Suitable for: Sole traders who had received JobKeeper payments in FY2021
Tax Difficulty: Easy
Time to Read: 3-4 minutes
Tax Focus: Reporting JobKeeper payments accurately in tax returns
In March and April 2020, the Federal Government introduced numerous programs to help Australians cope financially with the impact of the COVID-19 pandemic. One of which was the JobKeeper payment scheme, which aimed to ensure individual Australians have money to continue paying their bills when things get tough
JobKeeper was designed to keep more Australians employed. There are certain implications that are important to take note of when reporting these payments in your Income Tax Return.
As a sole trader, is my JobKeeper payment taxable?
Yes. When you complete your tax return, JobKeeper will form part of your gross business income and will be taxed at your marginal tax rate.
Please note that your JobKeeper payments are not reported in your Business Activity Statements as they are not GST inclusive. As such, the payments are only required to be disclosed in your Tax Return.
How do I ensure that I am claiming an accurate amount?
Given that everyone received variable JobKeeper payments throughout the year, it is important for you to keep track of what you received from the Government. In order for us to prepare your return accurately, you must confirm the actual amounts obtained during the relevant tax year by checking your bank account and summing all payments up.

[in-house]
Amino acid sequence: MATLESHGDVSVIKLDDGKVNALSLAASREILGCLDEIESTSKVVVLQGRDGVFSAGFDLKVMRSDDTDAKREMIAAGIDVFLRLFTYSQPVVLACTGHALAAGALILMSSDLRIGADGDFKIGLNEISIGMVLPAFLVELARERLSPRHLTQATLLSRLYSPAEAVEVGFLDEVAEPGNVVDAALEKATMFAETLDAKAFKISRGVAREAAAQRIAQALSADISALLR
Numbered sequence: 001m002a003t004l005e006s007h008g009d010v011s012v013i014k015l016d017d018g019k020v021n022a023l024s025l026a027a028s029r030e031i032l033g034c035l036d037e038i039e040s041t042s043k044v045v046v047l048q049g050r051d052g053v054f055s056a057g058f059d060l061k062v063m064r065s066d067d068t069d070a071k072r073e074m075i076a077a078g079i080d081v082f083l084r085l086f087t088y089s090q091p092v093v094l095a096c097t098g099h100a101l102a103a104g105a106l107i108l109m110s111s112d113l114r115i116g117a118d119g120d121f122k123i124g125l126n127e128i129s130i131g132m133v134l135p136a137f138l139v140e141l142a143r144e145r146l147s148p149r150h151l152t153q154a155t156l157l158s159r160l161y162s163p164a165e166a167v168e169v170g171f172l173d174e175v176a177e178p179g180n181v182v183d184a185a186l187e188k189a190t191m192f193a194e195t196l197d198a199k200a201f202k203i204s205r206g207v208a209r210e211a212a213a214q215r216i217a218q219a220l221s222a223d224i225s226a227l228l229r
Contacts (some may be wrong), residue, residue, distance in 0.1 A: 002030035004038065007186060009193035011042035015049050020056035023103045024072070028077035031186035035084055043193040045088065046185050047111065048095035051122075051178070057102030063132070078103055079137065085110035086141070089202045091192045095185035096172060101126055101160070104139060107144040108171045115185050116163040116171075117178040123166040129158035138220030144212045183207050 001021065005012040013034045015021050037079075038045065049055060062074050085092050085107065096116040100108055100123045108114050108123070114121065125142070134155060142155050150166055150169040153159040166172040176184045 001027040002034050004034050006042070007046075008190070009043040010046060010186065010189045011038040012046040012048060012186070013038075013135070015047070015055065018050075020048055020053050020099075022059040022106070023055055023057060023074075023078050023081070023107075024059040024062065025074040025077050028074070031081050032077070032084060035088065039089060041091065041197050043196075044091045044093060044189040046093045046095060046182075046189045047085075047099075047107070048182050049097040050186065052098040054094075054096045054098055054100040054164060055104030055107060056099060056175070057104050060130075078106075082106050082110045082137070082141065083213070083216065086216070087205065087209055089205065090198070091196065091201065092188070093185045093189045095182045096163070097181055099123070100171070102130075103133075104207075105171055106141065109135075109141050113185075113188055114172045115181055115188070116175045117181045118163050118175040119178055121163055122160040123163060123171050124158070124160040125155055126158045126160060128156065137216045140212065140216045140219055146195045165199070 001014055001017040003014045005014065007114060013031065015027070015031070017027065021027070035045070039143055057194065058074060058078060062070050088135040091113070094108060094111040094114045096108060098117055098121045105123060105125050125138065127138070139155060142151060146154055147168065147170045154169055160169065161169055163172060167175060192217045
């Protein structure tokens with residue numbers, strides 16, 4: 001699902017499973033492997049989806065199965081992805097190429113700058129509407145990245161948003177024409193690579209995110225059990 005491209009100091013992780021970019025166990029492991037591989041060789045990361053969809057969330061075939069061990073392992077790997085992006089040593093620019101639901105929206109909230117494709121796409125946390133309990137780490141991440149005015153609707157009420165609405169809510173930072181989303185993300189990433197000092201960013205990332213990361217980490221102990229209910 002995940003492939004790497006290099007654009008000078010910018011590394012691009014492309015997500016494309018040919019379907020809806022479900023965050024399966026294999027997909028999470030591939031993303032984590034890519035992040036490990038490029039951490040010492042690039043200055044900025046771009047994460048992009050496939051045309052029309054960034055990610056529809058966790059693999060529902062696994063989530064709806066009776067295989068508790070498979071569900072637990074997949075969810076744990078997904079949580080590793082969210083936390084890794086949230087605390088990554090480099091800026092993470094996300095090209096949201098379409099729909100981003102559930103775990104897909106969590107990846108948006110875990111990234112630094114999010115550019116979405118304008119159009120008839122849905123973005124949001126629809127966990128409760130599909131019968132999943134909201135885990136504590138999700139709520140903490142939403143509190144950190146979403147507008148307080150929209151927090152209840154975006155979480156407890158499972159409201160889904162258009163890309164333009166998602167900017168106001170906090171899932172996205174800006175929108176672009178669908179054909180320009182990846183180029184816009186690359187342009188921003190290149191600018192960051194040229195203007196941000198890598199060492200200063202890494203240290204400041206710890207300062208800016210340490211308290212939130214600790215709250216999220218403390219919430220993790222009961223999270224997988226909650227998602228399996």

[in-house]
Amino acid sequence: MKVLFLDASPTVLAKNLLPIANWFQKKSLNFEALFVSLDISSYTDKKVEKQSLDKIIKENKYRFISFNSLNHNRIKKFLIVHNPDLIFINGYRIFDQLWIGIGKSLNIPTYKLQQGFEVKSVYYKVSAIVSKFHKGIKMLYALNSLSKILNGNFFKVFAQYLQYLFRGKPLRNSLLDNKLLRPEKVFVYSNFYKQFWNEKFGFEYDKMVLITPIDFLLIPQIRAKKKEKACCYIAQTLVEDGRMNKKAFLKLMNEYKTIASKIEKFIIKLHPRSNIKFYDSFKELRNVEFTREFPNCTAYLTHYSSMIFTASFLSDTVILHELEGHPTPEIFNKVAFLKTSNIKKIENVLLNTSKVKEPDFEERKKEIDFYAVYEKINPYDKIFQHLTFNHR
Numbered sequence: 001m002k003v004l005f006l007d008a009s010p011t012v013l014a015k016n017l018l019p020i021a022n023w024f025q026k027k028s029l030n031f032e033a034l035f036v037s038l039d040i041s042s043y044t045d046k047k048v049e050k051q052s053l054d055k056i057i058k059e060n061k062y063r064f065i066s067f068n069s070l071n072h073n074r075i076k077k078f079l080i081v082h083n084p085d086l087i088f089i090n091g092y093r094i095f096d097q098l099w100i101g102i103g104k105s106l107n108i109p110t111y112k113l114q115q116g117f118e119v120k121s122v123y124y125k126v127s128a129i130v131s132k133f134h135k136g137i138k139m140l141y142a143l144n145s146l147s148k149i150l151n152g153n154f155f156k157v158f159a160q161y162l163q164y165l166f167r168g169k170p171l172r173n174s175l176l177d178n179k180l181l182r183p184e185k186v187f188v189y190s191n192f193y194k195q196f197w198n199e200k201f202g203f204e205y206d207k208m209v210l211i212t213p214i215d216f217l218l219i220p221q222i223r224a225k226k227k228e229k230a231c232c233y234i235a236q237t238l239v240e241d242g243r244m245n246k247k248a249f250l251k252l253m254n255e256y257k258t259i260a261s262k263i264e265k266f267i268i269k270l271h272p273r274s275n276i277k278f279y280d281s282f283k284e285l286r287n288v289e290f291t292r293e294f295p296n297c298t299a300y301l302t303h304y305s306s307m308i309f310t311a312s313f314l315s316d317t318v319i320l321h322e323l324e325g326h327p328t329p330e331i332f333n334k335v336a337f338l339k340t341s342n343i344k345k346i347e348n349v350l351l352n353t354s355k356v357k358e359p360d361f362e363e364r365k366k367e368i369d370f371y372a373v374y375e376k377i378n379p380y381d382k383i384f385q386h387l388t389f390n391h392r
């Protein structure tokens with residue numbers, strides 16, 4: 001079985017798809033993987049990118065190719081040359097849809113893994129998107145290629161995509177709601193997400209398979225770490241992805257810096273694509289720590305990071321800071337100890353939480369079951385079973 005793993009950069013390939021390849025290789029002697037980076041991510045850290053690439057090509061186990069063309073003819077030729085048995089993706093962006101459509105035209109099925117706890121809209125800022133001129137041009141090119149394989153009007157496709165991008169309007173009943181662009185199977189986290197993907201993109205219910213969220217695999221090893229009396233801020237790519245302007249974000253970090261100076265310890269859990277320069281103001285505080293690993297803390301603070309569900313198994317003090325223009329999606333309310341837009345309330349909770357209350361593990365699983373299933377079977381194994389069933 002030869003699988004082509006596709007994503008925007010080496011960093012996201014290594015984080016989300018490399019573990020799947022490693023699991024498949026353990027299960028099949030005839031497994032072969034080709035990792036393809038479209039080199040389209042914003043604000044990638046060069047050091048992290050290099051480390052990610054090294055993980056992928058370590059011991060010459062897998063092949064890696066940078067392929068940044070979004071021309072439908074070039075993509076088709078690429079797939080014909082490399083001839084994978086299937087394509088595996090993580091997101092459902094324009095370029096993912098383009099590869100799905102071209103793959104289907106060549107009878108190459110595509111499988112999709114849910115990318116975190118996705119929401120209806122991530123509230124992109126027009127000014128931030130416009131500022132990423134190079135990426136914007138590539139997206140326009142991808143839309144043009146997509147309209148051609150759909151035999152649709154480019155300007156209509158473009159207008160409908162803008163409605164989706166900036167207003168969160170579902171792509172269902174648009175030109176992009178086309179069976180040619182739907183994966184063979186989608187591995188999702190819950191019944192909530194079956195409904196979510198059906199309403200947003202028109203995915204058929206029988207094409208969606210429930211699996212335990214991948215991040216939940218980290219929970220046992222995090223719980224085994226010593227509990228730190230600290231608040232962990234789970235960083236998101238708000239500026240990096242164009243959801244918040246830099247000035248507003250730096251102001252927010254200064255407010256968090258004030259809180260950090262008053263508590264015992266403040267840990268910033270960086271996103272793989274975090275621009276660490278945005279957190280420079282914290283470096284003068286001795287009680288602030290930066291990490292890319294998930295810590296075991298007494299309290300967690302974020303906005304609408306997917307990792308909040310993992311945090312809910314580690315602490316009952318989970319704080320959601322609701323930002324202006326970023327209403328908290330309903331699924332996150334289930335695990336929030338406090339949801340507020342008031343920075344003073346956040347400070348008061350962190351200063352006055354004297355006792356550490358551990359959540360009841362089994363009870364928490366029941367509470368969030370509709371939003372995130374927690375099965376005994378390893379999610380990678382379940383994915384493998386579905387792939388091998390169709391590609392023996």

If I have just received Centrelink/JobSeeker payments, do I need to lodge a tax return?
All Australian residents and citizens are required to lodge a tax return, unless they qualify for an exemption (see details here). As JobSeeker (and other Government payments such as Newstart, Youth Allowance, Austudy, the age pension and Carer payments) are classified as taxable payments, they need to be declared in your tax return.
The majority of these payments will automatically flow through from your prefill report when we prepare your tax return. You will likely have had taxes taken out on some of these payments as well. If you are under the tax free threshold for the year and have had tax taken out, then you may get some of this back at the end of the year. However, you would still need to lodge a tax return.
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This document merely provides a broad outline of the subject and is necessarily general in nature. If you require specific advice, which is tailored to your specific circumstances, please do not hesitate to contact us (fees would apply).